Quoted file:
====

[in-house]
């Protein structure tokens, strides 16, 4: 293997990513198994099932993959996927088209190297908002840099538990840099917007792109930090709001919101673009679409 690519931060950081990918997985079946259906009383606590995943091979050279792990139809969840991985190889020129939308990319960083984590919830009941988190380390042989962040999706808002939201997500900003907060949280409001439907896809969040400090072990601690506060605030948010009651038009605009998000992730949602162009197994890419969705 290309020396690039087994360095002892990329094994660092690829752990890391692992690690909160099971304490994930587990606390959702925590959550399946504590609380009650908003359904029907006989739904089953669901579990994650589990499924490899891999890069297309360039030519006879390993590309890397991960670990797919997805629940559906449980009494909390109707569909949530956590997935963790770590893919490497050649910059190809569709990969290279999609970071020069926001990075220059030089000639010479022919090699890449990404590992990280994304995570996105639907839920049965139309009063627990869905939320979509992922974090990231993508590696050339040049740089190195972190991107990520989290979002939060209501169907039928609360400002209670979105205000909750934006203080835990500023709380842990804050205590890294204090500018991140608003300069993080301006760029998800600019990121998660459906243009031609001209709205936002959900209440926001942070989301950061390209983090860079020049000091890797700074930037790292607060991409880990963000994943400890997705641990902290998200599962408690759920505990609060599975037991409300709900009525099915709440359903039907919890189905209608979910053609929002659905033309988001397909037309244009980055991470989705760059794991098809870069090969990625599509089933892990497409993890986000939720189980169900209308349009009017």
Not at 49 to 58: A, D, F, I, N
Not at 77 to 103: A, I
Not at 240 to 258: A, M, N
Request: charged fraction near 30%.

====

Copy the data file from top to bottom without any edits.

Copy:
[in-house]
């Protein structure tokens, strides 16, 4: 293997990513198994099932993959996927088209190297908002840099538990840099917007792109930090709001919101673009679409 690519931060950081990918997985079946259906009383606590995943091979050279792990139809969840991985190889020129939308990319960083984590919830009941988190380390042989962040999706808002939201997500900003907060949280409001439907896809969040400090072990601690506060605030948010009651038009605009998000992730949602162009197994890419969705 290309020396690039087994360095002892990329094994660092690829752990890391692992690690909160099971304490994930587990606390959702925590959550399946504590609380009650908003359904029907006989739904089953669901579990994650589990499924490899891999890069297309360039030519006879390993590309890397991960670990797919997805629940559906449980009494909390109707569909949530956590997935963790770590893919490497050649910059190809569709990969290279999609970071020069926001990075220059030089000639010479022919090699890449990404590992990280994304995570996105639907839920049965139309009063627990869905939320979509992922974090990231993508590696050339040049740089190195972190991107990520989290979002939060209501169907039928609360400002209670979105205000909750934006203080835990500023709380842990804050205590890294204090500018991140608003300069993080301006760029998800600019990121998660459906243009031609001209709205936002959900209440926001942070989301950061390209983090860079020049000091890797700074930037790292607060991409880990963000994943400890997705641990902290998200599962408690759920505990609060599975037991409300709900009525099915709440359903039907919890189905209608979910053609929002659905033309988001397909037309244009980055991470989705760059794991098809870069090969990625599509089933892990497409993890986000939720189980169900209308349009009017």
Not at 49 to 58: A, D, F, I, N
Not at 77 to 103: A, I
Not at 240 to 258: A, M, N
Request: charged fraction near 30%.